Archives for posts with tag: humans

It looks like the SARS virus originated in Chinese horseshoe bats and was passed on through bat-to-human contact – that’s one for you, Count Dracula!

 

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Work on the Y chromosome shows that men’s common ancestor is around 120,000 to 156,000 years ago, around the same time of that of women.

Transplanting microbes from the gut of obese humans makes germ-free mice put on weight.

Read the original research in Science.

…even if there is missing bone, provided enough of the nail is still there, and it’s all because of the stem cells just under our nails.

Researchers have found the nerves in mice that send feel-good messages to the brain during stroking – and similar nerves in humans may explain why we like massages.

Read the original research in Nature.

Messages in your DNA can give geographic clues to your family’s past, creating a ‘GPS’ for your genes. This uses software to locate single nucleotide polymorphisms (SNPs – changes in single letters in the DNA code) that have mutated in the past and have then been passed on to a population in a specific place. The researchers believe that this allows people’s origin to be placed on a map on the basis of their genetic information alone.

According to researchers from Tel Aviv and Los Angeles, they can work out where you originate from using software and your genes, creating a kind of genetic ‘GPS’.  The researchers have used a software tool called spatial ancestry analysis (SPA) to locate mutations from the past that can be linked with a specific geographic location, even down to finding your parents’ ancestry too.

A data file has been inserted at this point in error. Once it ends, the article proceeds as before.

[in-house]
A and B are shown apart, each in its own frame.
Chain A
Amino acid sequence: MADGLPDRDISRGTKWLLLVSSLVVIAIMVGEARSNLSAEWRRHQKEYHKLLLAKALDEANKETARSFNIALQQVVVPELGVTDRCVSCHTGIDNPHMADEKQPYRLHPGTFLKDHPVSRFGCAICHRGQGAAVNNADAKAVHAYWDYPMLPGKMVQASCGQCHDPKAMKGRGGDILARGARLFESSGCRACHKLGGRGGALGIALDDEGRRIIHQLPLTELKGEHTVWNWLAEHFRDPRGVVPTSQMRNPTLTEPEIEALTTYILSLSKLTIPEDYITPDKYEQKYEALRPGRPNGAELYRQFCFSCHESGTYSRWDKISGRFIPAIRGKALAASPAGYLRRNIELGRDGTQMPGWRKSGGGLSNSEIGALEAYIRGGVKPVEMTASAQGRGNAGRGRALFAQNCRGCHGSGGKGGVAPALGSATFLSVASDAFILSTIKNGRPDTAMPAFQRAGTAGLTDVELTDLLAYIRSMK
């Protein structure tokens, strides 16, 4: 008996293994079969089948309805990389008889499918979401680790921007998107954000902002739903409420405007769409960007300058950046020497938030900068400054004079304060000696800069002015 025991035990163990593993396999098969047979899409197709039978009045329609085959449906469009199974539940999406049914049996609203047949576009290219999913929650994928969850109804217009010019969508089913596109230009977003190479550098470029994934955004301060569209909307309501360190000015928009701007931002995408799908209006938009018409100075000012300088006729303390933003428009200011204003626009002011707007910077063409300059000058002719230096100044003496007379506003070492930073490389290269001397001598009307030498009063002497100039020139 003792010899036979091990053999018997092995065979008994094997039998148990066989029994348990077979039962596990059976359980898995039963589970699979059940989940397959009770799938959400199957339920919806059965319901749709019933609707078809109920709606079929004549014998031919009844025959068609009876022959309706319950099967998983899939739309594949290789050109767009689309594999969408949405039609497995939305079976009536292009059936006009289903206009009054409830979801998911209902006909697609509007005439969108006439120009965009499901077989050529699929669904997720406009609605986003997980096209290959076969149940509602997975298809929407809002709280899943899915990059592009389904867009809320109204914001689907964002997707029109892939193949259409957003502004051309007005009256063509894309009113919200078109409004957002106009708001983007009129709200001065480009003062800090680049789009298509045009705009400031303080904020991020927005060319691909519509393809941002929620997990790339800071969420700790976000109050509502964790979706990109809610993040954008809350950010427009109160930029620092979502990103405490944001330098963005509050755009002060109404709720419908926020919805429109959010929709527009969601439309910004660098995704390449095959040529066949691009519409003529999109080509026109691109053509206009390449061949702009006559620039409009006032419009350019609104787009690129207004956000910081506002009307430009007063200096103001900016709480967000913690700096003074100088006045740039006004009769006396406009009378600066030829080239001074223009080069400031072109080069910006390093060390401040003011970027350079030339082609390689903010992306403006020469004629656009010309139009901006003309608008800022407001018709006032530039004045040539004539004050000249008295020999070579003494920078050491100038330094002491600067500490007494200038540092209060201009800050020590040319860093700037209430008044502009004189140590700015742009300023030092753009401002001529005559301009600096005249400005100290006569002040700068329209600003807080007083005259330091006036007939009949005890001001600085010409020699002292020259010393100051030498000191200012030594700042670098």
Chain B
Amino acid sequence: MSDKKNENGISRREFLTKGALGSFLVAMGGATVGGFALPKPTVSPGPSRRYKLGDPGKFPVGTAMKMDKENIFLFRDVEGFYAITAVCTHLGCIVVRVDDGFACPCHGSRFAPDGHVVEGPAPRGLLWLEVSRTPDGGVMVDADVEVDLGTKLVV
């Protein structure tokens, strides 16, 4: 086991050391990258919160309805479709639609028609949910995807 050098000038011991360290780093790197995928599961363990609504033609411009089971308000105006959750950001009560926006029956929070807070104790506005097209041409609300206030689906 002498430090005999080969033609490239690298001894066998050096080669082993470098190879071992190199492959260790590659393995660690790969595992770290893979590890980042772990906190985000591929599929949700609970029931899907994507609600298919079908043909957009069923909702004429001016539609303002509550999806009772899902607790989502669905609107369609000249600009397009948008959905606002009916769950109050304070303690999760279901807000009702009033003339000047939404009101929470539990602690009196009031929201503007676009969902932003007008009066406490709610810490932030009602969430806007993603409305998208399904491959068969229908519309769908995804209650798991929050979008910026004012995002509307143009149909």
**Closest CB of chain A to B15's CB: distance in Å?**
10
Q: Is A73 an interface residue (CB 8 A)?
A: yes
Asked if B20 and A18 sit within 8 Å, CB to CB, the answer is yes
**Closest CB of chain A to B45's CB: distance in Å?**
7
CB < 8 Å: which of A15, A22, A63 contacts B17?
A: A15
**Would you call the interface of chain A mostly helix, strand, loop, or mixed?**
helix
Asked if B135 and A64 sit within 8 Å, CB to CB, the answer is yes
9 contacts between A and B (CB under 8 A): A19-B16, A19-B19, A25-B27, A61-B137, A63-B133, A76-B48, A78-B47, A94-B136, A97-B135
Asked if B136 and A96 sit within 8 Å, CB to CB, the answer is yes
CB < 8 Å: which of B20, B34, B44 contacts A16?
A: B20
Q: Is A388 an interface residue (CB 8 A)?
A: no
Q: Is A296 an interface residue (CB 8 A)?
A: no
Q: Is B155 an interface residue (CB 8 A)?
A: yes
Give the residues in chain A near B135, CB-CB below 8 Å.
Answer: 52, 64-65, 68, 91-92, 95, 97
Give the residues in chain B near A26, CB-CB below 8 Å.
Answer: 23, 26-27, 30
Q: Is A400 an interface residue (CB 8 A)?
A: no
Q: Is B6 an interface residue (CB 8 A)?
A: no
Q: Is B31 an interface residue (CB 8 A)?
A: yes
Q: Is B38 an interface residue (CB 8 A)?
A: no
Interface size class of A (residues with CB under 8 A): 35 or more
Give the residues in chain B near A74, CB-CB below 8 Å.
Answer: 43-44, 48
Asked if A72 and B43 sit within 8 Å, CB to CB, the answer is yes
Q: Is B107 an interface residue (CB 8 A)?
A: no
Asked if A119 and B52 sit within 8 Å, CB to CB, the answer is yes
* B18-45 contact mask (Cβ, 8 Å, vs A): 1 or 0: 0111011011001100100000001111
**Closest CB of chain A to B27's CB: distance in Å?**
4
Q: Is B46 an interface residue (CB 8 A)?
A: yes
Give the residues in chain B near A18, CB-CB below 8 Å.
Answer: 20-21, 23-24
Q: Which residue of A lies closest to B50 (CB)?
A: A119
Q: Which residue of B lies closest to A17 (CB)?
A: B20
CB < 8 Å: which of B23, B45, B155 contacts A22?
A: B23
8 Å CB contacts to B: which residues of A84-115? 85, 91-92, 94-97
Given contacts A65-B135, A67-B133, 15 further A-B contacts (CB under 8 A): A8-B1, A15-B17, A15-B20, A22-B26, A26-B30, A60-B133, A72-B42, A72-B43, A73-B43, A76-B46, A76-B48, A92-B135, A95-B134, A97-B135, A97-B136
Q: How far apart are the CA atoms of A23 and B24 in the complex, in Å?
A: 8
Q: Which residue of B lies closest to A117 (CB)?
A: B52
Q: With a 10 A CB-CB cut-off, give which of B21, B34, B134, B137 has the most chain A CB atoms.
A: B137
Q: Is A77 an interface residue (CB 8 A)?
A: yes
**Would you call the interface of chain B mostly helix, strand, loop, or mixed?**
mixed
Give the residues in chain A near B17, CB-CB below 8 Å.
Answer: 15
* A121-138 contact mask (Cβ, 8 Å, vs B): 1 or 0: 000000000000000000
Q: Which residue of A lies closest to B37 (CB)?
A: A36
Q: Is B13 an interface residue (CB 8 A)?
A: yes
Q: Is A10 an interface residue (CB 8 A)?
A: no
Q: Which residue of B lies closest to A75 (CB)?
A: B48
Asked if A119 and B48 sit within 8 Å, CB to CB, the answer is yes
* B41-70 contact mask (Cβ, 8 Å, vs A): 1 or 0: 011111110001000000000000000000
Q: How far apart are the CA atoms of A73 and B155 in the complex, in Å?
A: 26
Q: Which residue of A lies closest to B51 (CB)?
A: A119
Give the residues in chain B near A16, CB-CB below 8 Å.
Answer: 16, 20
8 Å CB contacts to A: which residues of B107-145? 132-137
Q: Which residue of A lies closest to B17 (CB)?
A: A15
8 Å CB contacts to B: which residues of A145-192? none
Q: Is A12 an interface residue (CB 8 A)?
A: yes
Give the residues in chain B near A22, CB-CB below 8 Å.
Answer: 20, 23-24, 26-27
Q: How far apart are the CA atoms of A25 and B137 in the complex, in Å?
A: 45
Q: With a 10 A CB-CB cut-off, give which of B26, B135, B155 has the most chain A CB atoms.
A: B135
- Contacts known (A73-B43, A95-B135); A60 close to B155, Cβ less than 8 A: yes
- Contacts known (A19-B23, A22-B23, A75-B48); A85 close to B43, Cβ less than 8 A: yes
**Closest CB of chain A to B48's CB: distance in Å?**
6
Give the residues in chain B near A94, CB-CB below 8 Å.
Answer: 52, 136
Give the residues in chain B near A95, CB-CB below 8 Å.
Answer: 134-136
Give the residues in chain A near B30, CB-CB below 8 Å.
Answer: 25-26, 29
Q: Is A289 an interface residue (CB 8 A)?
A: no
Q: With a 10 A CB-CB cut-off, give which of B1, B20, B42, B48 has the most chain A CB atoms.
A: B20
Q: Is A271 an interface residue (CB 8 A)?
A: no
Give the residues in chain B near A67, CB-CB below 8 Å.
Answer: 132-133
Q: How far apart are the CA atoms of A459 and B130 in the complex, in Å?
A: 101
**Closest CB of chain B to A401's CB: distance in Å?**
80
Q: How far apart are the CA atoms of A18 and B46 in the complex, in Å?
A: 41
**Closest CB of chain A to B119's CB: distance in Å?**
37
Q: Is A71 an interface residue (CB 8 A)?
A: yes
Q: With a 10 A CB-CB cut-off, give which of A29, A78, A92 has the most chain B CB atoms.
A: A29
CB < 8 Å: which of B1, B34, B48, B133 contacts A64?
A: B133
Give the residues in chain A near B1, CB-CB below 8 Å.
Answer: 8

CompassThis could be used to trace a change that leads to disease in a specific population, or track the historic movement of human and animal populations. Read the original research in Nature Genetics.

Many animals can match and beat humans in track and field events. For example, the 5 cm hat thrower fungus can throw a spore capsule 2 m away.

Olympic Games 27 July – 12 August

Fruit flies can be used to study human genetics – but why? We share around 70% of the same genes, and the flies can be engineered to show many of the same symptoms and diseases as us, even kidney stones!

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